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Feb. 12, 2016
Kindergarten students at Northwest Missouri State University’s Horace Mann Laboratory School recently were game testers for an afternoon when Northwest alumna and author Amy Houts visited the classroom to introduce a game she developed.
The board game, “Find my Heart,” centers on the predicament of the Teddy Bear Mail Carrier, whose valentine cards have blown out of his mail truck on a windy February day and littered a neighborhood. The mail carrier is worried the valentine cards won’t be delivered and needs help with collecting them.
That’s where the children in Nancy Farlow’s kindergarten class came in. The game players roll the die to move through the neighborhood, working together to collect the cards and return them to the Teddy Bear Mail Carrier’s mail truck.
“It’s excellent to be able to have people in the community who have resources and talents, and bring them into our classroom to enrich our curriculum and enrich the things we’re doing,” Farlow said. “It’s phenomenal. We love to have those opportunities.”
“Find My Heart” stands apart from other board game because it is cooperative. All of the players work together and the game concludes with everyone winning – or losing – at the same time.
Houts is an author of more than 60 books and launched a publishing company, Houts & Home Publications LLC, in 2011. But she was unfamiliar with the concept of cooperative games until she began working with a game company in 2012 and learning about the benefits.
Houts believes there is a place for both competitive and cooperative games, and she points to research that shows cooperative games help prevent bullying.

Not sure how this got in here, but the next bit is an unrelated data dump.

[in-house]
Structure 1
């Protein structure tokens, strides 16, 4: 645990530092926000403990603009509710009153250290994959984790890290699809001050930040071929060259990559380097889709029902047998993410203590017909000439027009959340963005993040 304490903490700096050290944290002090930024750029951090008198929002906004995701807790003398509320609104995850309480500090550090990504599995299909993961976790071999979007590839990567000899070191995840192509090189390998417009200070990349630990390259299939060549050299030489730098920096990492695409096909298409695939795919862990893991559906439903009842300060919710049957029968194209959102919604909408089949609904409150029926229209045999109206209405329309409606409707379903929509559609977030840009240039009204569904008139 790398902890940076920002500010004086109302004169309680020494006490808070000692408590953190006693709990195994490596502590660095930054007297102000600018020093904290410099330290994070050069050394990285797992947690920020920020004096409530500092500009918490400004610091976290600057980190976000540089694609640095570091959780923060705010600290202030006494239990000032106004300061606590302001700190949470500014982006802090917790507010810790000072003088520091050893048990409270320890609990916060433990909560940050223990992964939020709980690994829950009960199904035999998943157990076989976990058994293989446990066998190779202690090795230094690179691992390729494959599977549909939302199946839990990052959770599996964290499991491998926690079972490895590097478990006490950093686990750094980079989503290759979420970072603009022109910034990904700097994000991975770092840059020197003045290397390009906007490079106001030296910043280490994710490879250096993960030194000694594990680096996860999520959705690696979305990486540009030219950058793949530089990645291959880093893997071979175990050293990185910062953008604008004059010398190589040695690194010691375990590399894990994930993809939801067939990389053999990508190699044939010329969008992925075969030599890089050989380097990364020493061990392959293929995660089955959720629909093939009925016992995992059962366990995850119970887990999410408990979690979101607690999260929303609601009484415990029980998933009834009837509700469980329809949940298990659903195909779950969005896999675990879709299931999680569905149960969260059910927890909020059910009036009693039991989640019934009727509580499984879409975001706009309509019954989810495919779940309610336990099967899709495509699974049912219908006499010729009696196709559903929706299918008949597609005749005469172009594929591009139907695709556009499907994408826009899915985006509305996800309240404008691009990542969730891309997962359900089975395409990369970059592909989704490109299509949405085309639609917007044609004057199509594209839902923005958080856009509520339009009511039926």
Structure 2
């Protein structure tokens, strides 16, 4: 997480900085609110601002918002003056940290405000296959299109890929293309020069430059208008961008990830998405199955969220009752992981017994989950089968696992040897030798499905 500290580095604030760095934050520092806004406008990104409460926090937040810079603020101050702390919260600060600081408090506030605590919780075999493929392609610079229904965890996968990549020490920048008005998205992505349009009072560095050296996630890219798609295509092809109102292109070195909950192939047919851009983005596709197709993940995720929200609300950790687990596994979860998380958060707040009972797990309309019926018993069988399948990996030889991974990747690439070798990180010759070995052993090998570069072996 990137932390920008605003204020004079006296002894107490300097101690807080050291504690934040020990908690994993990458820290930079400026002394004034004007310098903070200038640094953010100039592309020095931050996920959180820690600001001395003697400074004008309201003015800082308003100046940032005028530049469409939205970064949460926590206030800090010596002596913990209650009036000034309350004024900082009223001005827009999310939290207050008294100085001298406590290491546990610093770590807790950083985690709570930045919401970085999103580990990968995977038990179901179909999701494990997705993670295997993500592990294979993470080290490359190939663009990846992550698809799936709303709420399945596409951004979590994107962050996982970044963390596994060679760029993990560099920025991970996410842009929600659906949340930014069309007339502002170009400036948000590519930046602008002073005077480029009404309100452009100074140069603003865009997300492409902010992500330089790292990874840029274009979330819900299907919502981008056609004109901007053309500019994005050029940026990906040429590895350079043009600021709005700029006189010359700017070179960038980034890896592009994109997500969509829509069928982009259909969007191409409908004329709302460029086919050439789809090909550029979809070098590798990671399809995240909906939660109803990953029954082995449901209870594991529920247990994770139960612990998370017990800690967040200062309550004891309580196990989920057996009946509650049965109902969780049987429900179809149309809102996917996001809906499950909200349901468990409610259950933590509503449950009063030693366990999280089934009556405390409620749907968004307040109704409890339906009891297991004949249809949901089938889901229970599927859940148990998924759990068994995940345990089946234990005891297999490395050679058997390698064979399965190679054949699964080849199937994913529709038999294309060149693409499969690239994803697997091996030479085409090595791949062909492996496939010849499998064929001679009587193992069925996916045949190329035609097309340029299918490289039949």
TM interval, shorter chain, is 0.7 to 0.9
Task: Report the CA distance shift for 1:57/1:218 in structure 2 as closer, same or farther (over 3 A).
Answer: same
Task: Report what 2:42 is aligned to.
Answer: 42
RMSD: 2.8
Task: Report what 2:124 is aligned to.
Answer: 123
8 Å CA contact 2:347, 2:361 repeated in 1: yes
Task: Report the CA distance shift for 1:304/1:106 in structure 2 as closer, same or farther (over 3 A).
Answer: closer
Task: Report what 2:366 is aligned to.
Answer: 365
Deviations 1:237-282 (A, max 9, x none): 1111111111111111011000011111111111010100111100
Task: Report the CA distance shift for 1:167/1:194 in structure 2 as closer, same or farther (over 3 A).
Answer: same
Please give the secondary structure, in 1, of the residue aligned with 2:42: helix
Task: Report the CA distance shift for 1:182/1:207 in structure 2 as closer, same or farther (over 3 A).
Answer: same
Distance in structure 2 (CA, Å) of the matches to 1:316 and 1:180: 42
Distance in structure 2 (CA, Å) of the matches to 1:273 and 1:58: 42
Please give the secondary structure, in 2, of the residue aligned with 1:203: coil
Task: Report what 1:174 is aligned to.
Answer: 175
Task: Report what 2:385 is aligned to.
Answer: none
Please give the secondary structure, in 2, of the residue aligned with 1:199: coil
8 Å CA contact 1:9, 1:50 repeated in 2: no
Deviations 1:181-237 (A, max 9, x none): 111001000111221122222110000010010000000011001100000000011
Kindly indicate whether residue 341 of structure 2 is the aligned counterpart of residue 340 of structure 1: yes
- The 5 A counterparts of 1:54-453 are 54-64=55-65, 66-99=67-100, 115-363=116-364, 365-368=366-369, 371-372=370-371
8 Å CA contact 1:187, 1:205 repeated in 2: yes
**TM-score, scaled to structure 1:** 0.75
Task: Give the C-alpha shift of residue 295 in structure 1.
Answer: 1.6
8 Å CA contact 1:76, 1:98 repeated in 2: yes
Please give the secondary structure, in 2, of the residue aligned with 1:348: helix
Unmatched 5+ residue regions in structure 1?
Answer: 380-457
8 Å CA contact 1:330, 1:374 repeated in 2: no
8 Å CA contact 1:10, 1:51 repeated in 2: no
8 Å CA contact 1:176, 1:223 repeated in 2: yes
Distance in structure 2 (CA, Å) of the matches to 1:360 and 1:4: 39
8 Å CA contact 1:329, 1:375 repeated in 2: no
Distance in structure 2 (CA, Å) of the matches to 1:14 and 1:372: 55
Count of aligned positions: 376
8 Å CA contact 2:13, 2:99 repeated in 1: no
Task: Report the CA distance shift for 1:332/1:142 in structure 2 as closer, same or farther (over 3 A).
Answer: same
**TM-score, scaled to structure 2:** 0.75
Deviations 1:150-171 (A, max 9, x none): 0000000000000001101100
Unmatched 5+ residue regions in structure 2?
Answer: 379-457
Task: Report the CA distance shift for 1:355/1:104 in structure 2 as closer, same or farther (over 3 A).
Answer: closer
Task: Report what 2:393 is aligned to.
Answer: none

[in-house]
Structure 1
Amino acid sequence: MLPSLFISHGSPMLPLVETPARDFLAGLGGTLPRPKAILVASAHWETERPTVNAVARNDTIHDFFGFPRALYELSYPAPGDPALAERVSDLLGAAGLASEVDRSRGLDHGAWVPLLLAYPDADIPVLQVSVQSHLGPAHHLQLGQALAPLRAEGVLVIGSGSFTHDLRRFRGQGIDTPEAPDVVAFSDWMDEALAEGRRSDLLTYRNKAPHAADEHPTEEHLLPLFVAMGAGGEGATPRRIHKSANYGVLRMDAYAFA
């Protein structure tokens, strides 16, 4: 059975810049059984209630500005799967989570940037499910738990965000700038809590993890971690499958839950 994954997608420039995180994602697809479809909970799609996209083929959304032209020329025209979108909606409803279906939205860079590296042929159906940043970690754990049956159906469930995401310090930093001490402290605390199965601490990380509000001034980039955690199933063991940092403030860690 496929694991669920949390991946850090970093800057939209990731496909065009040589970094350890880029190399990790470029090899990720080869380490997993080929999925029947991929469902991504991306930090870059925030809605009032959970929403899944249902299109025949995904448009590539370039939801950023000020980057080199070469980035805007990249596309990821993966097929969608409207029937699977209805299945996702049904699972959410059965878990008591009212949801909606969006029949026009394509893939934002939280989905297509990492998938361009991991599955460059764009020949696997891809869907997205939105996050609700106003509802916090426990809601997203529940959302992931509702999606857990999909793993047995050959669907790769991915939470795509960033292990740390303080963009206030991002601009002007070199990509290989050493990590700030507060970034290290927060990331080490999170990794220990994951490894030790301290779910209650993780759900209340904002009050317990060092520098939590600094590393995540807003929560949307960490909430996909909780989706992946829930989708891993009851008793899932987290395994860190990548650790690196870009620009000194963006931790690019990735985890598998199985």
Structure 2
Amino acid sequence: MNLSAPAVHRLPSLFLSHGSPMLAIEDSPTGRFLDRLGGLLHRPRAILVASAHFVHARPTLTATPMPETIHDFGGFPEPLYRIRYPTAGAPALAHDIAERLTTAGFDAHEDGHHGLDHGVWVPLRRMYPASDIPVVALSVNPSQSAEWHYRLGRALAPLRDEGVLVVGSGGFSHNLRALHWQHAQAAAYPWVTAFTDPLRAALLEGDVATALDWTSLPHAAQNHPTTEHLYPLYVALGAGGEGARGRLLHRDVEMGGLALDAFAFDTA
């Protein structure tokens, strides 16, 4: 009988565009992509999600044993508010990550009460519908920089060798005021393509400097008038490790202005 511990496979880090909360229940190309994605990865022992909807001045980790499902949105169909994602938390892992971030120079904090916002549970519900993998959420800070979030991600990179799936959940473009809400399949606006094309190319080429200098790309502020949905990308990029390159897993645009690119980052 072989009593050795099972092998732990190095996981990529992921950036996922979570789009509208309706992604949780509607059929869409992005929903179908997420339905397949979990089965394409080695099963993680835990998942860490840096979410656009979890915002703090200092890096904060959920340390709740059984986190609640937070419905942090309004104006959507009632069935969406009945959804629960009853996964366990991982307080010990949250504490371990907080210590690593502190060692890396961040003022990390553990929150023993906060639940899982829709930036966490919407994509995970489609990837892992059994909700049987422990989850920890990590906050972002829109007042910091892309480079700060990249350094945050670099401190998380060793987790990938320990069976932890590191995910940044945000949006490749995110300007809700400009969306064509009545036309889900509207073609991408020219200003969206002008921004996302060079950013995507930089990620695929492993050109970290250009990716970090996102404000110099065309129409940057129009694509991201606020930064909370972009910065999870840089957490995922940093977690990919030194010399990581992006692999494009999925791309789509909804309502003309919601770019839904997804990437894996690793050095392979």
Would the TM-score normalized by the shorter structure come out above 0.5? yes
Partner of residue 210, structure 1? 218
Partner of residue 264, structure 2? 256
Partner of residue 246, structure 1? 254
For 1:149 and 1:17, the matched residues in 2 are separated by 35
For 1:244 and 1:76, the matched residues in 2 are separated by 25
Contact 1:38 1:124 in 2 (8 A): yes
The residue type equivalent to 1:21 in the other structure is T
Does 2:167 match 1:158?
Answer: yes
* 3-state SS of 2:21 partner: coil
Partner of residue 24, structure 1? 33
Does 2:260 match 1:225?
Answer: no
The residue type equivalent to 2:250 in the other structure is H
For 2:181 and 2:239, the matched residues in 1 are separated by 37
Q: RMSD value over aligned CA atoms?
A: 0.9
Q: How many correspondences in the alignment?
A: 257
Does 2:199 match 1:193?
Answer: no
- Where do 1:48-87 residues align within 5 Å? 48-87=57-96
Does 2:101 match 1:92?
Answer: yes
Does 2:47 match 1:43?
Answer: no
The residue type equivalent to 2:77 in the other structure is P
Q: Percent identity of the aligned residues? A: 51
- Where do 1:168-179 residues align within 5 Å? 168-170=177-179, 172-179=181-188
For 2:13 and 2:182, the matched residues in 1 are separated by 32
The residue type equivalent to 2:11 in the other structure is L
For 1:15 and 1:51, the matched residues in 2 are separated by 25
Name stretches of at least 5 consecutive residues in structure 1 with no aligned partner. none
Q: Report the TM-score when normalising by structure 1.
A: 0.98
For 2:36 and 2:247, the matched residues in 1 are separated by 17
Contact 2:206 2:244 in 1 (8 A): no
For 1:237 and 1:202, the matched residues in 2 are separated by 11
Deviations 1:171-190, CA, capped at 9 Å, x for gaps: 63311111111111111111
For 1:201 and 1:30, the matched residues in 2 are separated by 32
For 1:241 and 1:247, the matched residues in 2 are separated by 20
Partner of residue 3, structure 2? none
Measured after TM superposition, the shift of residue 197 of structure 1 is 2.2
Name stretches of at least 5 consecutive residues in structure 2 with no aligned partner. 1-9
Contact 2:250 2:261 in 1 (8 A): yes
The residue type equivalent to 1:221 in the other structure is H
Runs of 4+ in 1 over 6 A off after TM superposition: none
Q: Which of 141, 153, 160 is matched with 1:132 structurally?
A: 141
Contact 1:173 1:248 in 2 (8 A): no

“I believe cooperative games deserve a bigger place in schools,” Houts said, recalling one parent who played her ‘Preschooler in the Kitchen’ game, which educates children about healthy food and kitchen skills, and was surprised a cooperative game could be so fun. “You don't need to be competitive to have fun. It's great for everyone to win at the same time, to have a feeling of connection, and to celebrate together rather than just one person winning.”
Northwest art students have joined the fun, too. Since 2013, Houts has researched and developed 10 games, and Northwest art students have assisted with the designs of five of them.
Houts brought her idea for “Find My Heart” to one of Craig Warner’s digital imaging and graphic design classes in the fall of 2014, and seven students submitted ideas for the game board and pieces.
Kyle Bown, a senior from Prole, Iowa, with an interactive digital media major and visual imaging emphasis, designed the game board as well as the Teddy Bear Mail Carrier and the valentine heart cards. Autumn Barnett, who earned her bachelor’s degree in art from Northwest last spring, designed the mail truck, and Tressa Akins, a senior art major from New Cambria, Missouri, designed the heart dice.
“I got actual experience in dealing with and working independently for a client,” Bown said of the design experience. “I went on to work on two more game boards for her so it offered experience in creating work for a client as opposed to just making work for a class.”
Houts plans to publish “Find My Heart” in a consumable book form that parents or teachers can cut, tape and use at home or in a classroom.
“I had a great experience working with Northwest students on my games,” Houts said. “They are so creative, talented and willing to work.”
Mark Hornickel, Communication Manager
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